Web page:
I've seen this happen over and over again at my local rink by adults and seniors who throw down over 2 G's for top of the line gear, skates, stick, and lessons then look like fools when they step on the ice and can do little more than stand up straight.

I would recommend putting in a LOT of time at the local arena just skating in the public sessions at first. Once the OP can cross-overs, (left and right, forward and back) and stop on a dime, then I would recommend putting a stick in her hands and strapping on pads.

Bottom line is you don't need to pay for a beginner's hockey lesson to learn the fundamentals of skating. That's just a waste of money. It can be learned by practice and repetition much cheaper than paying for individual or group lessons.
Not raining on the parade Clint, I understand what you mean. I have taken an intro to skating course and I go to the rink at least twice a week (I would go more but college schedule) to work on what I have learned. This next course I'm taking is to capitalize on what I have already learned and to introduce hockey to the skating elements. Also like Crosbyfan said, I'd rather learn the fundamentals correctly, even if it is harder and maybe more discouraging. I'm all about challenges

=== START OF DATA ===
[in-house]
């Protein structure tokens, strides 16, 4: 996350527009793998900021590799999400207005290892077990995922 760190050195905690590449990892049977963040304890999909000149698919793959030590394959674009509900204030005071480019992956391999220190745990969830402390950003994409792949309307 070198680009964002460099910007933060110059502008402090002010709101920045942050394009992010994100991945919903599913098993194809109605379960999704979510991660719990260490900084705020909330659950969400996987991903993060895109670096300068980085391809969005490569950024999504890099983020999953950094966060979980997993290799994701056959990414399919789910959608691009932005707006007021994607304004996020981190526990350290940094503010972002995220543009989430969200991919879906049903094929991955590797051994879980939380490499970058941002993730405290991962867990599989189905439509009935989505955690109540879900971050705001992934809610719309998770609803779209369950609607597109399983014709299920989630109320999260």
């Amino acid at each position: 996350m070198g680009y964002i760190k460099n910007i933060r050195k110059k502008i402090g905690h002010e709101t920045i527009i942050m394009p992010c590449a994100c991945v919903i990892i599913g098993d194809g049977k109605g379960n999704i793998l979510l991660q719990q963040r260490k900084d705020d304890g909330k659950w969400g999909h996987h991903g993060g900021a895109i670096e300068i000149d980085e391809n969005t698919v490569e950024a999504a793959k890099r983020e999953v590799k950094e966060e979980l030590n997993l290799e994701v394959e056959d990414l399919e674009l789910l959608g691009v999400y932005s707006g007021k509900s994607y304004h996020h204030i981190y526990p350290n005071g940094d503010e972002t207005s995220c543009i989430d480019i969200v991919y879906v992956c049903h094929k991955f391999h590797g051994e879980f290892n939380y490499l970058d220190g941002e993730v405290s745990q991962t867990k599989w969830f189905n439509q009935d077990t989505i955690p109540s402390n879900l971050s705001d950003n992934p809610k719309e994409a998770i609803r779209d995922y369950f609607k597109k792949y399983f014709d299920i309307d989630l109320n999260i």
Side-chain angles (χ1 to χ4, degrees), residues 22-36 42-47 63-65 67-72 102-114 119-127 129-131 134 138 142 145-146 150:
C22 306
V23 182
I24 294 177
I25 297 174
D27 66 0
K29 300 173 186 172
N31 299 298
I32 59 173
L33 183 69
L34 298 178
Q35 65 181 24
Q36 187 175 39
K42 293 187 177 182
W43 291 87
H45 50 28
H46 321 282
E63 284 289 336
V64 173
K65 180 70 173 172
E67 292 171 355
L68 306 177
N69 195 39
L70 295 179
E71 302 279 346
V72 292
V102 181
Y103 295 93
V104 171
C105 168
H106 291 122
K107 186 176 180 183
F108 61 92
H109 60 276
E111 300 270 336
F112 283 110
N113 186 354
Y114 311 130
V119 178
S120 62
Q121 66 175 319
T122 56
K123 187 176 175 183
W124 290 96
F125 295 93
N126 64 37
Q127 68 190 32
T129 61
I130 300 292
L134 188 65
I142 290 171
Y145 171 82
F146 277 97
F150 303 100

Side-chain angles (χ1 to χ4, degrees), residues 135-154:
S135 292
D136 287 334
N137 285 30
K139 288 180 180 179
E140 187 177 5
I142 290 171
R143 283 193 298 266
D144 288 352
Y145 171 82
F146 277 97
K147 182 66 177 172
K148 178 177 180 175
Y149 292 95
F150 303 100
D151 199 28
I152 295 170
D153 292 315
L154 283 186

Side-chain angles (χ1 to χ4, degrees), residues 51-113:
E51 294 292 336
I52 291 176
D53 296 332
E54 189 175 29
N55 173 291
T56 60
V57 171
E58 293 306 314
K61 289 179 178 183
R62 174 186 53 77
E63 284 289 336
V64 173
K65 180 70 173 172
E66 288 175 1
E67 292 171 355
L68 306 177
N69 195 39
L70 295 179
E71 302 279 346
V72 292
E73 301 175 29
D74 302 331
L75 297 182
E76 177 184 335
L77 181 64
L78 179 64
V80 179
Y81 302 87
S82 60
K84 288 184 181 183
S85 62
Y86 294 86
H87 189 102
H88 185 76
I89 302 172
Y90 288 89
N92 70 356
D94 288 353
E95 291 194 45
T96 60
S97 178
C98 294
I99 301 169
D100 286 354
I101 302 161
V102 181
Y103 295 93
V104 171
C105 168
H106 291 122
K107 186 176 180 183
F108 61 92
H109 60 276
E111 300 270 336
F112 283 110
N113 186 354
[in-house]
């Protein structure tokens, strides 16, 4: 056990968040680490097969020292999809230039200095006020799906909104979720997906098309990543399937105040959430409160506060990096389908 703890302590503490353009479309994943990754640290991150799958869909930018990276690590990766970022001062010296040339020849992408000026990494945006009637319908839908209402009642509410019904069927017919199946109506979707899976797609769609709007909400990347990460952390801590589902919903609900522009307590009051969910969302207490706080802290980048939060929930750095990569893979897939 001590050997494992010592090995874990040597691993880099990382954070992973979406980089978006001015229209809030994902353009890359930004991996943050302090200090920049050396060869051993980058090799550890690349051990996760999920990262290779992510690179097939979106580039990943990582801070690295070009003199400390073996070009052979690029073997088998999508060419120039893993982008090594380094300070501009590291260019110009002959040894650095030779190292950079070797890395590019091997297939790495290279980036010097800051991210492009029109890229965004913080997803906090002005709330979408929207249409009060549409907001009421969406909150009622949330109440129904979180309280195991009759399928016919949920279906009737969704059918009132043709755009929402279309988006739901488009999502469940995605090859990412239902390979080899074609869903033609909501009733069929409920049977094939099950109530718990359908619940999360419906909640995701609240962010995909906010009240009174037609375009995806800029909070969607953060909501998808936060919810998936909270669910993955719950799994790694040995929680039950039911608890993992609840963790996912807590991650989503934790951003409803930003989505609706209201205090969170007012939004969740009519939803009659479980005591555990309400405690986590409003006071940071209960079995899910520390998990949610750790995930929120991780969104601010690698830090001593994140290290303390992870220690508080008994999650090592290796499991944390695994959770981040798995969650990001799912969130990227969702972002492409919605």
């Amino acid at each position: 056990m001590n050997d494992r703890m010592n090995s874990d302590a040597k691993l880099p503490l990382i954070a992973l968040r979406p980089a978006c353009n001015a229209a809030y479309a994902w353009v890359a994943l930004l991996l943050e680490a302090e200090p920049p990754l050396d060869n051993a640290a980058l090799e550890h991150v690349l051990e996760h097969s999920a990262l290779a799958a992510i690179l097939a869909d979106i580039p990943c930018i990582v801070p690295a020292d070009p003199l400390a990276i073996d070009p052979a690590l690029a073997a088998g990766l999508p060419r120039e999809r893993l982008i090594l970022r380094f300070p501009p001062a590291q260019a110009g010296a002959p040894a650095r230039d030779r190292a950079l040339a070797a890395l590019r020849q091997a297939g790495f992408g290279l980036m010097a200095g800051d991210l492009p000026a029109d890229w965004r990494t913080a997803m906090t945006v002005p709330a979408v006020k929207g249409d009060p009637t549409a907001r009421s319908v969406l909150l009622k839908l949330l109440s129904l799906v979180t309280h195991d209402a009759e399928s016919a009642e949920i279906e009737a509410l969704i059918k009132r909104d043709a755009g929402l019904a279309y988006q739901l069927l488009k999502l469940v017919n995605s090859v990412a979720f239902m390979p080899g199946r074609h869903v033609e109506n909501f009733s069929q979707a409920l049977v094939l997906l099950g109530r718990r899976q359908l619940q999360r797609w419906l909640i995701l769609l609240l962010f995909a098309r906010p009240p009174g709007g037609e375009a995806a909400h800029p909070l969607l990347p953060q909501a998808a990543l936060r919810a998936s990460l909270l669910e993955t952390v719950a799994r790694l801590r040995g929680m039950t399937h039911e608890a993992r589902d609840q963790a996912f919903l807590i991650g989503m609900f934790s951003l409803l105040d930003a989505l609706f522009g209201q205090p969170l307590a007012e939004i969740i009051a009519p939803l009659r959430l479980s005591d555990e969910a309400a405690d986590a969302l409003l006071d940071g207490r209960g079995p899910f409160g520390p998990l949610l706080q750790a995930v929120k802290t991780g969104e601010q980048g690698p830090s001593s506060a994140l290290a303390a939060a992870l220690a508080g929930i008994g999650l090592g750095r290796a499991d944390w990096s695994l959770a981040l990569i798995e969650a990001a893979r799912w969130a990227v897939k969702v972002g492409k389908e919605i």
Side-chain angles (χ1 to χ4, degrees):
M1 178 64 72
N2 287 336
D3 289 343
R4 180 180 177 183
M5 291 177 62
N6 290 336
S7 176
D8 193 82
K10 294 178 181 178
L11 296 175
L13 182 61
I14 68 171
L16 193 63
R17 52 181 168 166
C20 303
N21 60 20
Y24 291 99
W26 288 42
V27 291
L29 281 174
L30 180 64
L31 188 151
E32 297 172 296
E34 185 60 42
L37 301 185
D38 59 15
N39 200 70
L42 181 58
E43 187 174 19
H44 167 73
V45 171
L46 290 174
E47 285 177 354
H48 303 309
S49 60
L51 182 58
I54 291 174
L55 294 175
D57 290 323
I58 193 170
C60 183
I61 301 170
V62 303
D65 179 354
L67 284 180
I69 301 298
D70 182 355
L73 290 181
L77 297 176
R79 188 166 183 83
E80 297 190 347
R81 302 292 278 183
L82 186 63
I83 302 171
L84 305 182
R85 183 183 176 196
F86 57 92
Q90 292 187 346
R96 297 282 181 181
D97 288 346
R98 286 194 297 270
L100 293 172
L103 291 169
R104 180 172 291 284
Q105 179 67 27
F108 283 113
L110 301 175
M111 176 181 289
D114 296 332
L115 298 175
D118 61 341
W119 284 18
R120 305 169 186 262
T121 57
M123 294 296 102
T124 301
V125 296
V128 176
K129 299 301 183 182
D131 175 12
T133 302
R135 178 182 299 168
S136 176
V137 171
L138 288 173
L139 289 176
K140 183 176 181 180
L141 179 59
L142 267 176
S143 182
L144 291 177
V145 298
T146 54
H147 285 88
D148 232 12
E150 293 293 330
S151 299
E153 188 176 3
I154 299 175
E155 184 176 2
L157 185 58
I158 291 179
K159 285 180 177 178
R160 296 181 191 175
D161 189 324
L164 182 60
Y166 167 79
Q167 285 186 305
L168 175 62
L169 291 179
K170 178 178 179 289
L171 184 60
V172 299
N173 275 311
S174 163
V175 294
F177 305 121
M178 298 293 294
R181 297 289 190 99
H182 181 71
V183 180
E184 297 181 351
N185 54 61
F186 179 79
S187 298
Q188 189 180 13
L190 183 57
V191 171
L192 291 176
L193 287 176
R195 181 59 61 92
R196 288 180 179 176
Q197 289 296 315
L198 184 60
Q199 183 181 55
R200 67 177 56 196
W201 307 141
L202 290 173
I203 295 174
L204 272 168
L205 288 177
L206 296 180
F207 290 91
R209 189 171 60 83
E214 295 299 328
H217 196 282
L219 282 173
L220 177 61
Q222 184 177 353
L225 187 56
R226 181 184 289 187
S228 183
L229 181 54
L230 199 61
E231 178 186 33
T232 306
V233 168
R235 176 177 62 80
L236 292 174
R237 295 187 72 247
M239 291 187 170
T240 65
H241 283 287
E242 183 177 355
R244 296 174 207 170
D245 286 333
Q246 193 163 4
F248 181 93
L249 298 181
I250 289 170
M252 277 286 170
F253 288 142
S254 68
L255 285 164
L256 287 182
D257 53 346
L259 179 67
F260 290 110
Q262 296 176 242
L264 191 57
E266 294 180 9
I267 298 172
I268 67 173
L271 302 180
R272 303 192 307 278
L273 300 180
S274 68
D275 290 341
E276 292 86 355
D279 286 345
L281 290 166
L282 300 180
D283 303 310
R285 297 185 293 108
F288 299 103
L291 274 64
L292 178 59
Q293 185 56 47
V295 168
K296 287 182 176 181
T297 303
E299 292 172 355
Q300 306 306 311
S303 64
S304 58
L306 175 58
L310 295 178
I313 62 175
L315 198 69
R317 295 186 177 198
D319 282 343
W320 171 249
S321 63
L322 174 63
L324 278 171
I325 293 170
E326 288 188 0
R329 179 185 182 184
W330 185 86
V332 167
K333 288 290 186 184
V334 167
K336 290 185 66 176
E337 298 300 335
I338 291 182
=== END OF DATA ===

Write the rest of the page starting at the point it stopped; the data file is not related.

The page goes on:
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Old
12-16-2009, 09:00 PM
  #38
Gino 14
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Quote:
Originally Posted by Clint View Post
I don't want to rain on anyone's parade, but am I the only one who thinks that ShannMC17 should NOT be shelling out cash for lessons until she's mastered skating and has committed the fundamentals to muscle memory? I'm thinking that she may get frustrated at what could be perceived as lack of progress if his skating fundamentals aren't where they need to be.

I've seen this happen over and over again at my local rink by adults and seniors who throw down over 2 G's for top of the line gear, skates, stick, and lessons then look like fools when they step on the ice and can do little more than stand up straight.